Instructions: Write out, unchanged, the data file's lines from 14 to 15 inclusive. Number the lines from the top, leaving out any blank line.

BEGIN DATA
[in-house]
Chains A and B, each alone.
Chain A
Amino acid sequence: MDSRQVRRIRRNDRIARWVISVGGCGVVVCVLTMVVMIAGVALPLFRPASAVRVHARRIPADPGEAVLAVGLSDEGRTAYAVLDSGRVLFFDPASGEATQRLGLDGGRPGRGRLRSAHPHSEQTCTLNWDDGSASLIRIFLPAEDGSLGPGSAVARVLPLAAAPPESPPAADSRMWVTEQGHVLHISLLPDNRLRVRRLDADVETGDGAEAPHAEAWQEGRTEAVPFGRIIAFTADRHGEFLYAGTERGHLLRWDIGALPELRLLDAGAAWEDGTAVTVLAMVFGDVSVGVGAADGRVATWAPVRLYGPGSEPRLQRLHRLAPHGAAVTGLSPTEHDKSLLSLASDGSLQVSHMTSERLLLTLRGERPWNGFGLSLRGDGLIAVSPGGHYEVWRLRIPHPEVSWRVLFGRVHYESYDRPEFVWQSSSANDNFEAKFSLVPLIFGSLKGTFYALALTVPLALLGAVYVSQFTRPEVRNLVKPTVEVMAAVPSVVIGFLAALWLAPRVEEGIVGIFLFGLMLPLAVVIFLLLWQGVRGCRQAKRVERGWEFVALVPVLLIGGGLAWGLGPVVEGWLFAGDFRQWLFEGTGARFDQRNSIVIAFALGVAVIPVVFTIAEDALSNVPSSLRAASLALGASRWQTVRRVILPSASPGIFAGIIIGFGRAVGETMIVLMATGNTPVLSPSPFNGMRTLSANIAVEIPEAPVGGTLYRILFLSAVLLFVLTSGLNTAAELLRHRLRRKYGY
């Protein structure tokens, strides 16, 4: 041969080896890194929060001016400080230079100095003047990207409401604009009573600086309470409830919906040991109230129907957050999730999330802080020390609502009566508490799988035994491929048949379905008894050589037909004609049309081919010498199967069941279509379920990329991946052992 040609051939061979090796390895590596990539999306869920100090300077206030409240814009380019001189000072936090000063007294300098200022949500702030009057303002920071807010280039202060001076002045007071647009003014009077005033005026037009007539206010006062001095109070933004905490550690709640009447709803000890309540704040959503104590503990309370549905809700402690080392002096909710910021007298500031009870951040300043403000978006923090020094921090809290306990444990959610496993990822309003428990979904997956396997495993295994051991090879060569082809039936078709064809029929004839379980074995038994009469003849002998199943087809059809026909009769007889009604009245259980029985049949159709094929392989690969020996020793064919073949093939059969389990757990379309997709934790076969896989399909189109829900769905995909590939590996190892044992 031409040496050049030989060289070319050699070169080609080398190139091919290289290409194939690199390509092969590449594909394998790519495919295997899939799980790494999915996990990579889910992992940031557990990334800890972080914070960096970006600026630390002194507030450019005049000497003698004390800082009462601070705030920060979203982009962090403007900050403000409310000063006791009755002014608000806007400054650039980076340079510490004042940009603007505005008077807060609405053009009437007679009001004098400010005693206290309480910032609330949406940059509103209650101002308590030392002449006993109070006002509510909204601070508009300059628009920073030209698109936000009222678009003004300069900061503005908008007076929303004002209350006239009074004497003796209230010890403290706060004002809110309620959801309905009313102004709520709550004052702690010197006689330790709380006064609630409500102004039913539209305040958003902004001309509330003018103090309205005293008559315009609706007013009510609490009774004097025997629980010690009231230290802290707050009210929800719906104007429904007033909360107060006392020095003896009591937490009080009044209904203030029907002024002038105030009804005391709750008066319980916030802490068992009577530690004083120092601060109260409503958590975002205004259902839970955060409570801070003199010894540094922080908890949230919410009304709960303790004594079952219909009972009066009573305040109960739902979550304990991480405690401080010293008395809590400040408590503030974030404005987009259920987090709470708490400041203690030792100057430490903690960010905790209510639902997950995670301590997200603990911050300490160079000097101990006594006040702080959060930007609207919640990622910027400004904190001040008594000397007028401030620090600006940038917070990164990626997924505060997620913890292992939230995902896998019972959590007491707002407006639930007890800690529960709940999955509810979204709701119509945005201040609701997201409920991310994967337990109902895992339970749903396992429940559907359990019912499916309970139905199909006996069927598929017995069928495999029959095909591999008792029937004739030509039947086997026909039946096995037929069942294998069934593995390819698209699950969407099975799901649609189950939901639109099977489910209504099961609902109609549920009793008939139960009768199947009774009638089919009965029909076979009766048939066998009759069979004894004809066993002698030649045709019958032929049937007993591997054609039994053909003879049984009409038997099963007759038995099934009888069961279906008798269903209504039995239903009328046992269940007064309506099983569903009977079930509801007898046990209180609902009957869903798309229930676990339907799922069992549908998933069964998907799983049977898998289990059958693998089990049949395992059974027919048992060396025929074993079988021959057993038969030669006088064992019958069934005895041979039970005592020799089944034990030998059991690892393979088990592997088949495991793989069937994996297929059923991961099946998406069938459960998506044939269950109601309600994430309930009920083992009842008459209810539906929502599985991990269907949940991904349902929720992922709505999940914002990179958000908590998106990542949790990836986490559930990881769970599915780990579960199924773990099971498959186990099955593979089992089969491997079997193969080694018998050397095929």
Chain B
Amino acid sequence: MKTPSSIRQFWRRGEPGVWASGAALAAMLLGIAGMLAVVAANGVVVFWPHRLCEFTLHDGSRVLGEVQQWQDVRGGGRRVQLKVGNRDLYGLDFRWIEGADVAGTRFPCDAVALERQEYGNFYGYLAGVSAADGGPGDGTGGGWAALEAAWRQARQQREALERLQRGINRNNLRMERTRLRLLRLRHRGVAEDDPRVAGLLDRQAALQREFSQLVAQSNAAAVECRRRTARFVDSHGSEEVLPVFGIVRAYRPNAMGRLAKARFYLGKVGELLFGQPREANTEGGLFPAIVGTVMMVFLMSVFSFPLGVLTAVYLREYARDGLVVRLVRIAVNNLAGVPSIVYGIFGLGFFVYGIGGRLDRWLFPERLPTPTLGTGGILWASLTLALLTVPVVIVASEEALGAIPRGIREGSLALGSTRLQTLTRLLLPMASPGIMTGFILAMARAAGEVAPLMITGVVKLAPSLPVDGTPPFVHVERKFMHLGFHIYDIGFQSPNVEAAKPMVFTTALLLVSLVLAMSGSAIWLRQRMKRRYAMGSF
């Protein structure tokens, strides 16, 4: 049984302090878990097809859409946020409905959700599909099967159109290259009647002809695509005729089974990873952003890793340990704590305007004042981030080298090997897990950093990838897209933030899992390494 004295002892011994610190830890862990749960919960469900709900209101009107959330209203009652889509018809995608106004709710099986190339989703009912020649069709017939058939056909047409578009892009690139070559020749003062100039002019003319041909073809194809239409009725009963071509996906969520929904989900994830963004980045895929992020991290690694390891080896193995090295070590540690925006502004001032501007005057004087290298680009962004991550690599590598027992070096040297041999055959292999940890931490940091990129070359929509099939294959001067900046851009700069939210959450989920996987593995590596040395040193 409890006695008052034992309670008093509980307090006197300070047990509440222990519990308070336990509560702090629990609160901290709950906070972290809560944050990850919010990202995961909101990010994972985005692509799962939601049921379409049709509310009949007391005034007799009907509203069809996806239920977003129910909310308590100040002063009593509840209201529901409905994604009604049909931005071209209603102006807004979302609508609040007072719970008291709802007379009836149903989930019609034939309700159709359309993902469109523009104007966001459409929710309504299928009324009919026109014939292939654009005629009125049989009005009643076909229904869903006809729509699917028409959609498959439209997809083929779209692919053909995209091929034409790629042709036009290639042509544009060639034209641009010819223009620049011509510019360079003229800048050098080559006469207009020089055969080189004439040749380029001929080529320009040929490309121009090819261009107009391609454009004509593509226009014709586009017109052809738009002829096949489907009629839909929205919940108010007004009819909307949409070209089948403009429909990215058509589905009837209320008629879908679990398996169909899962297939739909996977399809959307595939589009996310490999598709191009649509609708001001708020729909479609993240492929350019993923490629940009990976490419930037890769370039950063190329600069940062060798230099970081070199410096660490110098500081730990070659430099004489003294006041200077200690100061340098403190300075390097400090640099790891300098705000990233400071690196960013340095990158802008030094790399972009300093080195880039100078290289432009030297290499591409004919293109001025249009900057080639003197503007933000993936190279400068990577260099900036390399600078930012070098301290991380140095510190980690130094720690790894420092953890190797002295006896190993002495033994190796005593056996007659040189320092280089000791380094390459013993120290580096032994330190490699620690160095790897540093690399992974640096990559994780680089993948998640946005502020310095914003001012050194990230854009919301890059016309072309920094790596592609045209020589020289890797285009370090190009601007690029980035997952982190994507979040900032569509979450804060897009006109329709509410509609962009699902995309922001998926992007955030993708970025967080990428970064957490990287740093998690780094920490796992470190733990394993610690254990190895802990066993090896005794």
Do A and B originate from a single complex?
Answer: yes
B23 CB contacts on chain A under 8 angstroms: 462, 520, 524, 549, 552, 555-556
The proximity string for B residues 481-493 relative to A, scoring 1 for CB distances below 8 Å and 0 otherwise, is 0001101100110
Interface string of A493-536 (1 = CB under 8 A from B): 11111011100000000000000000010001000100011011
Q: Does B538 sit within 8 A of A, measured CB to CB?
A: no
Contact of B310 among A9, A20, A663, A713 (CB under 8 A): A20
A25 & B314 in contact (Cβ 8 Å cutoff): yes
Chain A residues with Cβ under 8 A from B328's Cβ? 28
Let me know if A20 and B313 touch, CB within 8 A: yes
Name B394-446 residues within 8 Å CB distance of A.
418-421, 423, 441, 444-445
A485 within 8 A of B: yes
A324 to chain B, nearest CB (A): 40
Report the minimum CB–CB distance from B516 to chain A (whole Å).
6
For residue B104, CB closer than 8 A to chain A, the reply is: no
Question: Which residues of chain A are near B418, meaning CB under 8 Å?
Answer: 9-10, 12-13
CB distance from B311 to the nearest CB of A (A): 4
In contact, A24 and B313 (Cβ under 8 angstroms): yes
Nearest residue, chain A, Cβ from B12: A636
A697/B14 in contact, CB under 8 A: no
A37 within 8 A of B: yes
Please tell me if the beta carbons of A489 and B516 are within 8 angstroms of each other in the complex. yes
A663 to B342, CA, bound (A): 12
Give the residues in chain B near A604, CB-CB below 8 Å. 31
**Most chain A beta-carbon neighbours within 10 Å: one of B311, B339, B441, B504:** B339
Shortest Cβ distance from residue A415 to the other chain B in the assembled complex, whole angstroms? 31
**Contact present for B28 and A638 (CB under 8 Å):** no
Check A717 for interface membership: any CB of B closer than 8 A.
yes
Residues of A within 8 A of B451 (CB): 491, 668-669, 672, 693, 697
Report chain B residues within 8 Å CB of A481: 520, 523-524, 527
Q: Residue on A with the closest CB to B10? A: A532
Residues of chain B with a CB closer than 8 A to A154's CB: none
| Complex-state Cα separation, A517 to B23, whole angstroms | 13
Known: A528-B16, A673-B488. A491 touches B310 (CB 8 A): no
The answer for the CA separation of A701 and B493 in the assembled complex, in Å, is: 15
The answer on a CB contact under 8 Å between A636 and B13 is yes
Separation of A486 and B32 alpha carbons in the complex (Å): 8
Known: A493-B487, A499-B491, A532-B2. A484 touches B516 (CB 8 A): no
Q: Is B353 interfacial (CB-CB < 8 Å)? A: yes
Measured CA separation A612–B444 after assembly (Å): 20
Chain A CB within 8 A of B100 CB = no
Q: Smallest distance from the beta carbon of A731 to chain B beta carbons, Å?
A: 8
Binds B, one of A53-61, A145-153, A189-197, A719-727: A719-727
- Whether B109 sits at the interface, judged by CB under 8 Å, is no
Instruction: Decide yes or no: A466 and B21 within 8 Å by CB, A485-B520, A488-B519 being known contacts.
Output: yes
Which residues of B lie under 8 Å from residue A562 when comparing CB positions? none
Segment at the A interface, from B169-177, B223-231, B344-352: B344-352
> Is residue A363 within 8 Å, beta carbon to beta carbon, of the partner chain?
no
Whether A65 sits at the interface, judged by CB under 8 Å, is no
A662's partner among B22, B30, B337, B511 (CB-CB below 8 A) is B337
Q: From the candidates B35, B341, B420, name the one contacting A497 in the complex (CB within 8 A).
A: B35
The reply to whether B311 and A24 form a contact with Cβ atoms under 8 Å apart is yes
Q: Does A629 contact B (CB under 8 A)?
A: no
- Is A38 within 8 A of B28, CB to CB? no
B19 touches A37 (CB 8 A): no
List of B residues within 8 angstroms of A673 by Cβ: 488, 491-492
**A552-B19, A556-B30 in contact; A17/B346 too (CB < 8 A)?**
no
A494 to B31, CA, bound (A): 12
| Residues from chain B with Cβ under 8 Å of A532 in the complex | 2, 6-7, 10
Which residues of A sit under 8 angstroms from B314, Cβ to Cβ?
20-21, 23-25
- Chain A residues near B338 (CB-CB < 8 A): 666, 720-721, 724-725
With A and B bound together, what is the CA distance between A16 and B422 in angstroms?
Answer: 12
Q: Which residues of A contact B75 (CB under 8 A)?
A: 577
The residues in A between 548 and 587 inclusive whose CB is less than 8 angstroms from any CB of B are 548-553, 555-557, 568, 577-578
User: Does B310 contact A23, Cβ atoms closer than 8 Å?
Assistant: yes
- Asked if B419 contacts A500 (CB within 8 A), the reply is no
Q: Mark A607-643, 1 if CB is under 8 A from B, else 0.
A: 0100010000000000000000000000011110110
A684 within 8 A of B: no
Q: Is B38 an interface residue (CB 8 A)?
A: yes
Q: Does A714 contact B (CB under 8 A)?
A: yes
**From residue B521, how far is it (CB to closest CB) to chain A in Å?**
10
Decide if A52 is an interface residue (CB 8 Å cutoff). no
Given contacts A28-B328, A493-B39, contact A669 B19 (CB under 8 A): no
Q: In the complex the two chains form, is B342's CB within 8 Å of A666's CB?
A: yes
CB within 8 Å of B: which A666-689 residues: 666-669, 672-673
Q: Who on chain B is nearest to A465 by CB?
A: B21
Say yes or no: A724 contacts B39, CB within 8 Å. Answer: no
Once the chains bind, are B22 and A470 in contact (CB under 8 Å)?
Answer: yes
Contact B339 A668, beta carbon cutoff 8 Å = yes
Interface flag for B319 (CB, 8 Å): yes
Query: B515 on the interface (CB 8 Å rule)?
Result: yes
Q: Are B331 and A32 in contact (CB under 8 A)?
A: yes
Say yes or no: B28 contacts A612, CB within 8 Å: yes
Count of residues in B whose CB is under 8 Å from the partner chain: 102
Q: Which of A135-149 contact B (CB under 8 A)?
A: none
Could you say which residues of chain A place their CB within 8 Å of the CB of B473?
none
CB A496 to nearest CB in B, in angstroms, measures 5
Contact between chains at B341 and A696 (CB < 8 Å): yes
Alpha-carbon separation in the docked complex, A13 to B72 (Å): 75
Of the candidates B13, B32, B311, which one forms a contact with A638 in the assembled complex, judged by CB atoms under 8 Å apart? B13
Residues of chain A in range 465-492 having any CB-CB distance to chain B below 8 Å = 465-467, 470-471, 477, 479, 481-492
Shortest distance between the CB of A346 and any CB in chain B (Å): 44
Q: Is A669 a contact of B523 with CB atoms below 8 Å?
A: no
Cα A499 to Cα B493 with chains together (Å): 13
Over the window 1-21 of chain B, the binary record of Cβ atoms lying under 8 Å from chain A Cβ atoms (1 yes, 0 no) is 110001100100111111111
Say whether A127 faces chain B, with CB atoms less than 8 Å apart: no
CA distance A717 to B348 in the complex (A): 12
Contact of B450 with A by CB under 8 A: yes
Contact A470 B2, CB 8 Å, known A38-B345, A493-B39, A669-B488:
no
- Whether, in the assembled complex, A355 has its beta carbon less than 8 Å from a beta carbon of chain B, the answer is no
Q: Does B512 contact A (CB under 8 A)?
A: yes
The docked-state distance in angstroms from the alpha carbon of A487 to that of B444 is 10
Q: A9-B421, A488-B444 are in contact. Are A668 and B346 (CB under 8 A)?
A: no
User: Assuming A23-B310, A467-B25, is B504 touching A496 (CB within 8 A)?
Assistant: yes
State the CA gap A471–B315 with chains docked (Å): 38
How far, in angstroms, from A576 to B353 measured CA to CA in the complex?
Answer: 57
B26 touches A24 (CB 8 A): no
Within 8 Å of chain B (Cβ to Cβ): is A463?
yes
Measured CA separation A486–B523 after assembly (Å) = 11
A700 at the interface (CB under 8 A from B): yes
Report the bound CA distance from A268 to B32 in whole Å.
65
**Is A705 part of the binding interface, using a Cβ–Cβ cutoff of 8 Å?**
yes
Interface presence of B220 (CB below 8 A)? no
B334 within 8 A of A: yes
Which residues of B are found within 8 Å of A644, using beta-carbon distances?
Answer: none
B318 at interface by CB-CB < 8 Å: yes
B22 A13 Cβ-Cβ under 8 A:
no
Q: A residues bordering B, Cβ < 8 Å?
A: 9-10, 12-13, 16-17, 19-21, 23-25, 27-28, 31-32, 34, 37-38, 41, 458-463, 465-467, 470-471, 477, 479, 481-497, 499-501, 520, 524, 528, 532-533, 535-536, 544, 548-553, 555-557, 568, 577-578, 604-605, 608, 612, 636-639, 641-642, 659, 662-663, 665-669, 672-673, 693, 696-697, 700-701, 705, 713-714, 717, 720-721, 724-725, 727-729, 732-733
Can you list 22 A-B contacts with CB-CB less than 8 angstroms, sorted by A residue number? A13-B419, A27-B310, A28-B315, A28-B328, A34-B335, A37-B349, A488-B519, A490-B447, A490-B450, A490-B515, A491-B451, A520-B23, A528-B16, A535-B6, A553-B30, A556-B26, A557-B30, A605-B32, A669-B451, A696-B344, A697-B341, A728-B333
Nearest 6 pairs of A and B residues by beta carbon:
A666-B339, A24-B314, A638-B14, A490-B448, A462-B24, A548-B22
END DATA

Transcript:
Q: Does B538 sit within 8 A of A, measured CB to CB?
A: no